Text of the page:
For the first year in recent memory, songs took precedence over style on the vast majority of 2005's most hyped albums. In fact, it would be very hard to pin down the definitive trend of the year, which hopefully suggests that musicians are learning to spend less time reading the critics and more time crafting their tunes.
1 ANTONY AND THE JOHNSONS I Am A Bird Now (Secretly Canadian) We warned you in 2004 that Antony would be one to watch this year, and sure enough, the androgynous NYC torch singer delivered a heavyweight album. Antony's unique warbling voice easily outshines the high-profile celebrity talent on hand here, including Lou Reed , Boy George , Rufus Wainwright and Devendra Banhart .
2 MIA Arular (XL) For a debut album by a previously unknown artist, Arular represents an incredibly strong mission statement. MIA's one-woman niche of Sri Lankan British art school dancehall crashed parties all over the world for good reason. Rarely has a record this political been this much fun to dance to.
3 KELLEY POLAR Love Songs Of The Hanging Gardens (Environ) This one barely came out in time for the year-end lists; its ethereal, otherworldly approach to orchestral disco pop muscled its way in at the last minute. The string arranger for Metro Area, accomplished classical player and younger brother of Blevin Blectum turned in a brilliant idiot-savant take on dance music, beautiful in its obliviousness to the conventions it transgresses.
4 ISOLEE We Are Monster (Playhouse) We Are Monster gathered up all the major trends in dance music into something substantial enough to be a real album. You've got your synth-disco bits, your occasional chiming guitar, some moody techno chords, but most importantly some actual songs rather than just a collection of the current hip references.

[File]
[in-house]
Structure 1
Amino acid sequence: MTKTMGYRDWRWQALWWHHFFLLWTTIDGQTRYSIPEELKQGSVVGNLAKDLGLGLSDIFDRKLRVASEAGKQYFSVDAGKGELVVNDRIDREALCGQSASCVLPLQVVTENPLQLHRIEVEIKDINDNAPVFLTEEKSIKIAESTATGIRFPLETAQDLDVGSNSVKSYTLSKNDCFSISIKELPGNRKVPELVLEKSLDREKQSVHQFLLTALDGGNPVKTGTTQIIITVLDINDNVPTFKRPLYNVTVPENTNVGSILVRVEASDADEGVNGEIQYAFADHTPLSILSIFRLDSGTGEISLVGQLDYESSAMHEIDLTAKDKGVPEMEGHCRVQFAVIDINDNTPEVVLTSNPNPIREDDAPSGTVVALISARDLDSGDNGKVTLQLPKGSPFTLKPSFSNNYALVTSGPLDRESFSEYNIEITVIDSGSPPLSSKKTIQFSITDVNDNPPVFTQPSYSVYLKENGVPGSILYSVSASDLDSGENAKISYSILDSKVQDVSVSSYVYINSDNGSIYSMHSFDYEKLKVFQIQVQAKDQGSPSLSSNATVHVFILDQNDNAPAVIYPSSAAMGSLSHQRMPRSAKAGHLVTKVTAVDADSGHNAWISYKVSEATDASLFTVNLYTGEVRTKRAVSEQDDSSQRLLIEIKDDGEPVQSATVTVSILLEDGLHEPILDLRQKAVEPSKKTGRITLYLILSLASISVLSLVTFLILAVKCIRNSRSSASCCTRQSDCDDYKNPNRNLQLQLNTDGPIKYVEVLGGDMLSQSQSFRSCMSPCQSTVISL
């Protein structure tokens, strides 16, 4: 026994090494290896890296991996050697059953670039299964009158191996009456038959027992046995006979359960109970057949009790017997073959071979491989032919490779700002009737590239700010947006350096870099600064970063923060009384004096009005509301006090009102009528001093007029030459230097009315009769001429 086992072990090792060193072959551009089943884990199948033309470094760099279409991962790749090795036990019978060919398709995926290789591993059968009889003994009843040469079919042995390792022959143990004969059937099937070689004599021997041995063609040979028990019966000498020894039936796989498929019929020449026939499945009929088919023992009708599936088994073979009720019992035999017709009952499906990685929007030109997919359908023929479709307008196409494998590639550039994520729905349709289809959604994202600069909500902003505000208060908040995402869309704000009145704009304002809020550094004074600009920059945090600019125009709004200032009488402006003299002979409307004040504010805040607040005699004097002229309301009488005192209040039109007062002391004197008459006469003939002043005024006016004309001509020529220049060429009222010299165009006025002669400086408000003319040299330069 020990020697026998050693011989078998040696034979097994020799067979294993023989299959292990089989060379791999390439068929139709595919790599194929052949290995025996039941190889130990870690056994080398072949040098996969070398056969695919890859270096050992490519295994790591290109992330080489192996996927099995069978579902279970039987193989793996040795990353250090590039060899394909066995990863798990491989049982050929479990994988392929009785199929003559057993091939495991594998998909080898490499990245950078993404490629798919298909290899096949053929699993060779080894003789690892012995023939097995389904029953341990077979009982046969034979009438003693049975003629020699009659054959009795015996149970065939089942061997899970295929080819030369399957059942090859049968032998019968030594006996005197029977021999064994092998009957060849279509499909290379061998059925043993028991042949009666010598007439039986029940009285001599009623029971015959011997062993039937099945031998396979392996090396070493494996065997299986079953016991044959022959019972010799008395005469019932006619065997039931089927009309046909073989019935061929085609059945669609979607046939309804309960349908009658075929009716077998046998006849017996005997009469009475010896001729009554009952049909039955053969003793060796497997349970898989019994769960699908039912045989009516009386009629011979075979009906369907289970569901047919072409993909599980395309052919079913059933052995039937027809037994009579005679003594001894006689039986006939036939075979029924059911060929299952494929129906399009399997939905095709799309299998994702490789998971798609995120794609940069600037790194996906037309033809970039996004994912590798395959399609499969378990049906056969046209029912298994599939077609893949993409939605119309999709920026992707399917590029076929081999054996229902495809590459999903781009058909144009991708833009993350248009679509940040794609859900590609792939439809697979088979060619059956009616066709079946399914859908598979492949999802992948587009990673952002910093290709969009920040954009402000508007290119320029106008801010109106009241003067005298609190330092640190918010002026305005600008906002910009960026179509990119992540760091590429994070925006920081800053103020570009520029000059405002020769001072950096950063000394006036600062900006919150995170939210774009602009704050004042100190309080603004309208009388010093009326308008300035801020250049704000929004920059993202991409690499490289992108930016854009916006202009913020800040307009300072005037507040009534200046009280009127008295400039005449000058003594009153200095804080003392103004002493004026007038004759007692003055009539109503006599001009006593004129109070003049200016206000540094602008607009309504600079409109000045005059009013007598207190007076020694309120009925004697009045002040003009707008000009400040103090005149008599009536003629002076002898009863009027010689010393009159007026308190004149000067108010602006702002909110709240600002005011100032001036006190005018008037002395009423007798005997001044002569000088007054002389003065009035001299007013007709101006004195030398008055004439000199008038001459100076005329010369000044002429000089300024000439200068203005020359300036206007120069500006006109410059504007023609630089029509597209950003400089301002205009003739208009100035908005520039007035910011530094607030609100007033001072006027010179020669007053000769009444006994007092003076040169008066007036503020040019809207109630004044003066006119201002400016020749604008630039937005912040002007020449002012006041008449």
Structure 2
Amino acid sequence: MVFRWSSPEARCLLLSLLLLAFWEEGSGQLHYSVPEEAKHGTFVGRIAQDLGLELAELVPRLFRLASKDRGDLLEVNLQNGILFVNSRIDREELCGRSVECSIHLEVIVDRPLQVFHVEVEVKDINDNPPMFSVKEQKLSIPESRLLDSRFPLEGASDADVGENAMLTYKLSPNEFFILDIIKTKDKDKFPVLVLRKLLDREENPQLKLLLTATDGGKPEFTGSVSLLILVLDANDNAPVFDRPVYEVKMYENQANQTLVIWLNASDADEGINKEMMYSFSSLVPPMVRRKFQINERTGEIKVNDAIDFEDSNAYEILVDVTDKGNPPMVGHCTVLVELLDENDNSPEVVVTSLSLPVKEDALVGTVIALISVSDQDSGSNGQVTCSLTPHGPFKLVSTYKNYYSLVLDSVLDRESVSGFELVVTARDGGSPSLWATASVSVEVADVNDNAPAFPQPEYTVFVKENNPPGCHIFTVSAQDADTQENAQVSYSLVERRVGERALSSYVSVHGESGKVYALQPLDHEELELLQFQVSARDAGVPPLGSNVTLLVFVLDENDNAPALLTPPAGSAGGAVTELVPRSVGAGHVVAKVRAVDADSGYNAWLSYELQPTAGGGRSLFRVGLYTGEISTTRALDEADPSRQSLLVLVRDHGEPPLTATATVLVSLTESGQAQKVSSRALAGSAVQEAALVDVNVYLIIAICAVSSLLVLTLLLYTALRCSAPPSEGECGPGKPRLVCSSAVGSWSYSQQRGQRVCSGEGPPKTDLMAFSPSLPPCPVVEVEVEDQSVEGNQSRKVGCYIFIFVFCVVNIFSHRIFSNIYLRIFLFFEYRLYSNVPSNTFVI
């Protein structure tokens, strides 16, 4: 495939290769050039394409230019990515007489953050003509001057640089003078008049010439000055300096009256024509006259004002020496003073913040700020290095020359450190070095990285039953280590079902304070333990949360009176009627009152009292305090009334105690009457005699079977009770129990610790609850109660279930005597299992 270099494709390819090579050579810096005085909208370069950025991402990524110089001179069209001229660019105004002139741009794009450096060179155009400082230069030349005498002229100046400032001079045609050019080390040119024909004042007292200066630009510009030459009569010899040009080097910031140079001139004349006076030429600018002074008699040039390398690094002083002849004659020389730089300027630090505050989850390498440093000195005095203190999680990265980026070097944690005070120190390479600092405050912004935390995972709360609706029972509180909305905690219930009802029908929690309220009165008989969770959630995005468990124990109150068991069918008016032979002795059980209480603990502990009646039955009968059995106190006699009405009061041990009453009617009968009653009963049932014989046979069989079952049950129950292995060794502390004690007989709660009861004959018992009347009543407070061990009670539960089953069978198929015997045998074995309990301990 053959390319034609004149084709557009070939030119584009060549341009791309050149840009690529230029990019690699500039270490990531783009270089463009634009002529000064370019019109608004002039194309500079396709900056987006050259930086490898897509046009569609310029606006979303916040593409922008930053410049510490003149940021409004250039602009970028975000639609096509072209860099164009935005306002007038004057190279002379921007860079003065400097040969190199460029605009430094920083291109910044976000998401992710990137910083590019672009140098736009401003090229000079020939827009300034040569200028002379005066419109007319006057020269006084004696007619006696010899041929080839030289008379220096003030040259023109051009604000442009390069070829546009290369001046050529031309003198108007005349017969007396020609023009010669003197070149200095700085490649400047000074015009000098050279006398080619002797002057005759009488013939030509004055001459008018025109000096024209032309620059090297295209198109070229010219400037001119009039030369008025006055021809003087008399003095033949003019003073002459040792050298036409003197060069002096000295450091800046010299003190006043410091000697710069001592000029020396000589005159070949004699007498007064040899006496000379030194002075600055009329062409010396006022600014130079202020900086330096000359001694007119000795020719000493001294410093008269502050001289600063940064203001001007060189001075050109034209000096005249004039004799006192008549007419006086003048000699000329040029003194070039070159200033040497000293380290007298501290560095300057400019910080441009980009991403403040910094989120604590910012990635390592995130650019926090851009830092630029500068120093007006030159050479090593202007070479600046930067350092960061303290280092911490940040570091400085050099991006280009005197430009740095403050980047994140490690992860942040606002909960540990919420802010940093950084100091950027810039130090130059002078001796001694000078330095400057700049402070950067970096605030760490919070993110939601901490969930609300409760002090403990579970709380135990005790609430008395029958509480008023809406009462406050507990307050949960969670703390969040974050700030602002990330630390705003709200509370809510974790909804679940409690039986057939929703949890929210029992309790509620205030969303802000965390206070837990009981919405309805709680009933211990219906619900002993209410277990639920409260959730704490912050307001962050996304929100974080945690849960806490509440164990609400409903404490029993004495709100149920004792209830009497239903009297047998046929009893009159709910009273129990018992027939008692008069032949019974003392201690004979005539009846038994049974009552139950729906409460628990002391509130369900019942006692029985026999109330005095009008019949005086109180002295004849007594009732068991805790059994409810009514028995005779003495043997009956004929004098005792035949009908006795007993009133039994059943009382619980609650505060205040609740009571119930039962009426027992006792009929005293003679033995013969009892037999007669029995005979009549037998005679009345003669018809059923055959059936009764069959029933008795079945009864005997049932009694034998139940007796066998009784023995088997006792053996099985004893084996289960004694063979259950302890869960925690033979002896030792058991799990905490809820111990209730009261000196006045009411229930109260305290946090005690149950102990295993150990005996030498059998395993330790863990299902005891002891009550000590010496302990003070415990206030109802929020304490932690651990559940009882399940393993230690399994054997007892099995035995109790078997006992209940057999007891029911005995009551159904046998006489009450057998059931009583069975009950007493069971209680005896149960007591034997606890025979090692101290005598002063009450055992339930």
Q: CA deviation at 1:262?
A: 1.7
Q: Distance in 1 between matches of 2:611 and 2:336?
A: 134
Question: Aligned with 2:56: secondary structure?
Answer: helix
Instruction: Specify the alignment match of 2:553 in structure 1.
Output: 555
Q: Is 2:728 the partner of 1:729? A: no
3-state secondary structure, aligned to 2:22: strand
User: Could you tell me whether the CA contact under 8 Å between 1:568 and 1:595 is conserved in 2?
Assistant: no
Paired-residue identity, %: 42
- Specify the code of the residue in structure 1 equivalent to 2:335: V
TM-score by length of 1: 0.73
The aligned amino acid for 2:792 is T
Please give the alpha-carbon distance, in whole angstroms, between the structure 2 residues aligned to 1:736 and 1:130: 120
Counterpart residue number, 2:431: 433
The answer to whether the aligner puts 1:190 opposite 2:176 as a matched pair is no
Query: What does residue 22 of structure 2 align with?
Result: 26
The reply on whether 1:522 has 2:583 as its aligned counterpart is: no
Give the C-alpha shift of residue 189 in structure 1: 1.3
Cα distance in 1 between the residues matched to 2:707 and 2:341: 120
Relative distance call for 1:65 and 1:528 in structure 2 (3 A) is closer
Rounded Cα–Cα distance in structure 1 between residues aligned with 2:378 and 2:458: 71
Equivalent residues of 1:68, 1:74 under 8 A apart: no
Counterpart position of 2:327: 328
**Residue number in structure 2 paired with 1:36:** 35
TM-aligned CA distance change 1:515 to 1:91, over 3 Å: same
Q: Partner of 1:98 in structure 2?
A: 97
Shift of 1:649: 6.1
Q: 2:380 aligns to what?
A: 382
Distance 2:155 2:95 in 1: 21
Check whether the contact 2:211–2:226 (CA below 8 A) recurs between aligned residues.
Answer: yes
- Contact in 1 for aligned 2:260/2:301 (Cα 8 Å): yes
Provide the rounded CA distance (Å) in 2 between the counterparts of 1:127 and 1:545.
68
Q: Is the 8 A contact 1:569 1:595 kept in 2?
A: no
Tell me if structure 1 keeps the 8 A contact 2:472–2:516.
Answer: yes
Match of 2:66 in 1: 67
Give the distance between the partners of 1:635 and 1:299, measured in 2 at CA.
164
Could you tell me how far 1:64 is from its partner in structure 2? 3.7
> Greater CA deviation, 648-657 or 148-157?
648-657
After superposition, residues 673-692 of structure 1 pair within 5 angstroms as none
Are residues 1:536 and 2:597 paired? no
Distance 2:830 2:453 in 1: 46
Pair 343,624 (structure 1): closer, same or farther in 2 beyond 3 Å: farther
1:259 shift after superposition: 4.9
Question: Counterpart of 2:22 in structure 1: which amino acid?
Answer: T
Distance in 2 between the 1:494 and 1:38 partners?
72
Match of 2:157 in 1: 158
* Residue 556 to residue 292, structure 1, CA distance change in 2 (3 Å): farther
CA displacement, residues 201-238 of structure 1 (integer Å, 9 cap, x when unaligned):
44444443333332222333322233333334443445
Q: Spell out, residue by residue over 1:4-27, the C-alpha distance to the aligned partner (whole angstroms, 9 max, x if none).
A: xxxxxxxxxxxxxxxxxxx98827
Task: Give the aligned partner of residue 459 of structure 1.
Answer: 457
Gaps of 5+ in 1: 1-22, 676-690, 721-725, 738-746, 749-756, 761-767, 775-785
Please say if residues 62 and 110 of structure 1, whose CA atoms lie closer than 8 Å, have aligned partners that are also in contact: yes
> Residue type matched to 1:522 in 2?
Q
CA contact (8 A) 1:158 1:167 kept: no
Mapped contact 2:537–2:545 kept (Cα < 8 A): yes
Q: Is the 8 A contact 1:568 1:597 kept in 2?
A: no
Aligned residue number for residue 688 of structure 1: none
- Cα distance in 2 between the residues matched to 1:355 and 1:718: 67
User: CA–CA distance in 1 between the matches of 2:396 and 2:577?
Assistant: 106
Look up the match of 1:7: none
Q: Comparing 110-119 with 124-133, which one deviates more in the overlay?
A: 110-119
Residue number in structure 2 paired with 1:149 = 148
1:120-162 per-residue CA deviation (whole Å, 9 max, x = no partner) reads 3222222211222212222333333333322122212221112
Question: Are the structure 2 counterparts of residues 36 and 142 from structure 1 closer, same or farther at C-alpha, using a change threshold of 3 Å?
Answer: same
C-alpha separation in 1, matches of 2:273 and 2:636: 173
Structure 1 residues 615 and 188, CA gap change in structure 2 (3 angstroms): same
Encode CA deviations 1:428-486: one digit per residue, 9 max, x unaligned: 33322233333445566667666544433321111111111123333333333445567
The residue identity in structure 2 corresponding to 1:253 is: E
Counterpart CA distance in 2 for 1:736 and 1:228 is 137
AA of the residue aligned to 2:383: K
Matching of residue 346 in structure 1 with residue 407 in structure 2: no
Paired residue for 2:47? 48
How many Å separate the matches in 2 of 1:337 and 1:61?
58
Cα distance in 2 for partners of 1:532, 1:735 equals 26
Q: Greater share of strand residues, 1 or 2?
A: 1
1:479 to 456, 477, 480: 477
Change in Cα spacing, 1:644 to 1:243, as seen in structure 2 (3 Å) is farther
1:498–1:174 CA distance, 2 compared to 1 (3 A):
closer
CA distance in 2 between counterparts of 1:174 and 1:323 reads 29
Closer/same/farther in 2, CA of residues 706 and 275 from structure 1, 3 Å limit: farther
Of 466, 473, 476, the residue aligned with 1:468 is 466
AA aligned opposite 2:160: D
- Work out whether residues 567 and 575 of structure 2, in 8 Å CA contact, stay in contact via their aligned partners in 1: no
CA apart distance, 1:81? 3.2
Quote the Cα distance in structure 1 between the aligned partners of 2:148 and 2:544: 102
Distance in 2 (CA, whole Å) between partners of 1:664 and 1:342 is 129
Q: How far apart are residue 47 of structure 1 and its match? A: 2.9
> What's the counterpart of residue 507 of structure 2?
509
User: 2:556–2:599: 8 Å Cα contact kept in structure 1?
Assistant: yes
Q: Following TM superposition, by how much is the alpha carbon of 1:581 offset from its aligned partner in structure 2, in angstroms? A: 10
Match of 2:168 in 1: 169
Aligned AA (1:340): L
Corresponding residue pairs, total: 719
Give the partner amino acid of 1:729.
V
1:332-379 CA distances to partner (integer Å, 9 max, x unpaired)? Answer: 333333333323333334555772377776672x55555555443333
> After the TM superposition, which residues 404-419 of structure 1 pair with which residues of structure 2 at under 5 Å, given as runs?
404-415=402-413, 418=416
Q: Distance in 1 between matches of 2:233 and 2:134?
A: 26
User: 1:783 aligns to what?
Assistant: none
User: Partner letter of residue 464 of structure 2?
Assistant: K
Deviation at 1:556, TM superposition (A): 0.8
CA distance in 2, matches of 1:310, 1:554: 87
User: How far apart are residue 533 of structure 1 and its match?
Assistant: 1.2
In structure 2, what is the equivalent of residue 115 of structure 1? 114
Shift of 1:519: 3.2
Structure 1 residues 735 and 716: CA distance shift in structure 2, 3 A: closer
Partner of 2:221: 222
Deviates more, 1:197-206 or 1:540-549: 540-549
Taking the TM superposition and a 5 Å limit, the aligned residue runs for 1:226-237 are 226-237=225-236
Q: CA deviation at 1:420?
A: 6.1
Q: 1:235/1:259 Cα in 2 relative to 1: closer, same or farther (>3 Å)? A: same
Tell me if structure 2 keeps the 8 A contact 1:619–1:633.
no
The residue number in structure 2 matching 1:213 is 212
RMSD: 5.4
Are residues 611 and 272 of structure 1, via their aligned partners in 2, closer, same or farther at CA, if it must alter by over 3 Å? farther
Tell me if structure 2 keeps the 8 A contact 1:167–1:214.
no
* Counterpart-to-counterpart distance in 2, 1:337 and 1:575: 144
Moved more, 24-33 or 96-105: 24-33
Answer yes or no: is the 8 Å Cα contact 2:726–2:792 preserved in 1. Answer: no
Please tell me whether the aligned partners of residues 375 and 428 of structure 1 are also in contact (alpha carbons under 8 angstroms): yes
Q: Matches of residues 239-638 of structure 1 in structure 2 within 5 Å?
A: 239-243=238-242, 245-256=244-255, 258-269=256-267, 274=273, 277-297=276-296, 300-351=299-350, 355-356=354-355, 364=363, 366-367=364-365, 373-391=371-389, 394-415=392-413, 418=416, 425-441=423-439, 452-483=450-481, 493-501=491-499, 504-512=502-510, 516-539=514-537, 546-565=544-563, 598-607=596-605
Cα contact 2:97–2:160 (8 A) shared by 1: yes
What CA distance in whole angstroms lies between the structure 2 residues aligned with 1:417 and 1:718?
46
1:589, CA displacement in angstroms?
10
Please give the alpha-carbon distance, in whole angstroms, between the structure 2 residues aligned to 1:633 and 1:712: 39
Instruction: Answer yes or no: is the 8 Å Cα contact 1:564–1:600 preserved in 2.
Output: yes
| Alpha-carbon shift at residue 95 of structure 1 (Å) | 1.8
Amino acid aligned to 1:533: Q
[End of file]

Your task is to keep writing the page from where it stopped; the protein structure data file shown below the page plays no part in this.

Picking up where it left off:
5 PANICO Subliminal Kill (Tiger Sushi) This Chilean dance-punk band's first release outside of South America mostly slipped under the radar up here, but those who did hear it were impressed by their rowdy and decidedly punk rawk take on disco beats and loud guitars. They're a lot louder, noisier and also funkier than most of their northern competition.
6 LCD SOUNDSYSTEM (DFA) In some circles this is a controversial pick; many were disappointed that this was what all the massive hype from the singles had built to. Whether it met your expectations or not, you can't deny that this project has had a huge influence on current trends and will likely continue to affect the way people conceptualize dance-punk for some time to come.
7 SUFJAN STEVENS Illinois (Asthmatic Kitty) The "new folk" tag almost allowed this to slip under my radar, but curiosity got the better of me. If you've been resisting as well, do yourself a favour and give in now. Yes, the song titles are ridiculous, and, yes, this is a strange, sprawling album, but it's undeniably strong.
8 BROKEN SOCIAL SCENE (Arts & Crafts) If this is cutting-edge Canadian rock, then I'm pretty happy to be Canadian right now. We were all kind of scared that BSS might descend into insufferable self-indulgence, but they came out of the bunker with an album we can all be proud of.
9 M83 Before The Dawn Heals Us (Mute) M83 took the shimmering space rock drone formula and wrapped it around big, dramatic songs, coming up with a heavily layered and orchestrated wash that refused to retreat into aural wallpaper. It was all tempered by a vaguely menacing quality that prevents the lushness from lulling you to sleep.
10 MATTHEW HERBERT Plat Du Jour (Accidental) Herbert can always be depended on for a top-10-worthy disc, and this newest investigation into food-derived sounds and politics is no exception. It's not his most accessible work, since much of the house influence has retreated to the background, while the pop and jazz references are also played down, leaving Herbert to experiment playfully with unorthodox samples and methods.